Friday Rant: Defense Spending Cuts vs. NIMBY Representatives

There's a legend that claims Ben Franklin was confronted by a woman upon his leaving a session of the First Continental Congress who asked "Mr. Franklin, Mr. Franklin, what form of government are we to have?" Franklin is said to have replied "God help us my dear, a democracy." Democracy has survived along with its many contradictions and absurdities. And if Ben were alive today, he wouldn't be surprised at recent attempts to reduce Pentagon spending before deficit conscious lawmakers make deeper cuts to the defense budget -- only to have those same lawmakers challenge reductions that impact their home districts.

Yesterday's WSJ reports that "Last week, a group of congressmen from Virginia wrote to [Defense Secretary] Gates challenging his recommendation to eliminate the Joint Forces Command, known as JFCOM, saying it would lead to thousands of job losses in southeastern Virginia." Gates is on a campaign to "realize $100 billion in cost savings over the next five years" and not only plans to eliminate JFCOM – "created in 1999" – but has also "announced he would cut payments to outside contractors by 10% a year for the next three years, saying the Pentagon bureaucracy had grown over-reliant on contractors and grown accustomed to operating with little consideration to cost."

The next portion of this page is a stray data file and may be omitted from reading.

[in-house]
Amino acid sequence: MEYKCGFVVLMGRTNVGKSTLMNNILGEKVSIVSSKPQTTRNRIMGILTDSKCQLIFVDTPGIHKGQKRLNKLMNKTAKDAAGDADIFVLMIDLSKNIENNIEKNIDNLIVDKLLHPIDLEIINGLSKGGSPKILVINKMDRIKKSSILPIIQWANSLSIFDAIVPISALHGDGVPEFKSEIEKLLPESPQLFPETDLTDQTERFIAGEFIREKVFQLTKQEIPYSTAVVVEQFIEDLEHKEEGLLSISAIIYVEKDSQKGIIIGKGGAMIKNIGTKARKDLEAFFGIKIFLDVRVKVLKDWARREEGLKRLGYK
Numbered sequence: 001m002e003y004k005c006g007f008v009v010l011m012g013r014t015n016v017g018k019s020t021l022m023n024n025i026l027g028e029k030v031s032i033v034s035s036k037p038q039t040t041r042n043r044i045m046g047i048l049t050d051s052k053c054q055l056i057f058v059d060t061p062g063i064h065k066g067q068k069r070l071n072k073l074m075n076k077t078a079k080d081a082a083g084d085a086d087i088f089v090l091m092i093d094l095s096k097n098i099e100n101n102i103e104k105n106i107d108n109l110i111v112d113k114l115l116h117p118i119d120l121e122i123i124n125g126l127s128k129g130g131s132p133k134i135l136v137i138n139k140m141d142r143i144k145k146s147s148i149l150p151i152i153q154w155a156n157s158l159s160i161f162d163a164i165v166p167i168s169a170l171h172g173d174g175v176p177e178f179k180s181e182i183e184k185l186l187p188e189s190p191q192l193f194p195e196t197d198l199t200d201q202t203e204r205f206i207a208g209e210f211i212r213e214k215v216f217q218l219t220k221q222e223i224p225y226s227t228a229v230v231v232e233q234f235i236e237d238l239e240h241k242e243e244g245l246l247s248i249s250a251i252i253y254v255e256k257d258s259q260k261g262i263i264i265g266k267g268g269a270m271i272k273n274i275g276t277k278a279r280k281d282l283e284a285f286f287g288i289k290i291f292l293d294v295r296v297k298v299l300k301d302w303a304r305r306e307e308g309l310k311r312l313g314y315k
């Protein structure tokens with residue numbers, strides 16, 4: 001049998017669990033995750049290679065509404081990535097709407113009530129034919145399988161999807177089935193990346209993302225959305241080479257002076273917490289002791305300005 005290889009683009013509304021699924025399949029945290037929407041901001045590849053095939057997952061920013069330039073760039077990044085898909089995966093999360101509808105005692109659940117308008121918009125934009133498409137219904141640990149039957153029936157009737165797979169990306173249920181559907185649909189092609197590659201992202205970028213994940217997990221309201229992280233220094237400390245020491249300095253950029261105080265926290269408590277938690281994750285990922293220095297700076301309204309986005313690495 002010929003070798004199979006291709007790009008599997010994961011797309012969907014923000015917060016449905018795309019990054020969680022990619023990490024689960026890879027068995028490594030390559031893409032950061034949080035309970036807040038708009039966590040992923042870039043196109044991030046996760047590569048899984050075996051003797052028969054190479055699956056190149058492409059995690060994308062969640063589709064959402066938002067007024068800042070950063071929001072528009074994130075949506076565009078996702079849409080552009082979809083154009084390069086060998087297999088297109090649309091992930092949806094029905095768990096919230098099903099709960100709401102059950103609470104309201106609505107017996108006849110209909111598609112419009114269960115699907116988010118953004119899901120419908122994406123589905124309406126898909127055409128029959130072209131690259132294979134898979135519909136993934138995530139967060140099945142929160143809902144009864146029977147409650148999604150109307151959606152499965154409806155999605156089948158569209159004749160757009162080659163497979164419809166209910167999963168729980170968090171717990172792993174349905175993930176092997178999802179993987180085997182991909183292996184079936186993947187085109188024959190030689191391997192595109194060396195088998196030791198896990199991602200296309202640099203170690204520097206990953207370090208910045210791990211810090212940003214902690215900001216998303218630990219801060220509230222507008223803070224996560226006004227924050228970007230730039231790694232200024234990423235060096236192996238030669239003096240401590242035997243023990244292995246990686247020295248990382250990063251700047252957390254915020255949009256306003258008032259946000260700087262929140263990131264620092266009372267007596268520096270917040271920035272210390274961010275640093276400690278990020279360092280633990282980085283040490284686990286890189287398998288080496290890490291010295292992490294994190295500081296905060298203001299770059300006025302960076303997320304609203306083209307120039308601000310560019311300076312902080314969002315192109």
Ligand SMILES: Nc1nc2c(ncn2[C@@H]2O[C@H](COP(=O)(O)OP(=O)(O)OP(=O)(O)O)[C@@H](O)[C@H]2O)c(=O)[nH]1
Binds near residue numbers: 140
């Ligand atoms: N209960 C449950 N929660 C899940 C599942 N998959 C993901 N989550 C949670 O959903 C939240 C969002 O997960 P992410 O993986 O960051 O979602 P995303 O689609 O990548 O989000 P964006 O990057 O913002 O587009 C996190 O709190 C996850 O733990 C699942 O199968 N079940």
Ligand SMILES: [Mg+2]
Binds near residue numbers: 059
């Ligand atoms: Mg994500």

Sounds encouraging, but Gates and the Virginia Congressmen are in a spitting contest where the latter have said "What Gates is doing is base closure rather than cost-cutting." Obviously it's both. And it comes at a time when voters are more concerned about employment and deficit reduction than at any other time in the nation's history. Government spending and the national debt must be reduced and more than half of the nation's registered unemployed need to get back to work before the economy can recover. Both objectives are ominous and difficult tasks that cannot be resolved when career lawmakers prioritize their personal re-election over what's best for the country.

Me thinks it's time for lawmakers and voters to face the fact that regardless of how we got here, we're not going pull out of it if we can't pull together. The big picture is just that. So long as we're more focused on "Not In My Back Yard" rather than what must take place for the greater good, everyone will be mired in this political nonsense and resultant lagging economy for many years to come. If we want democracy, we had better start making it work.

Non-partisan ideas anyone?

William Busch

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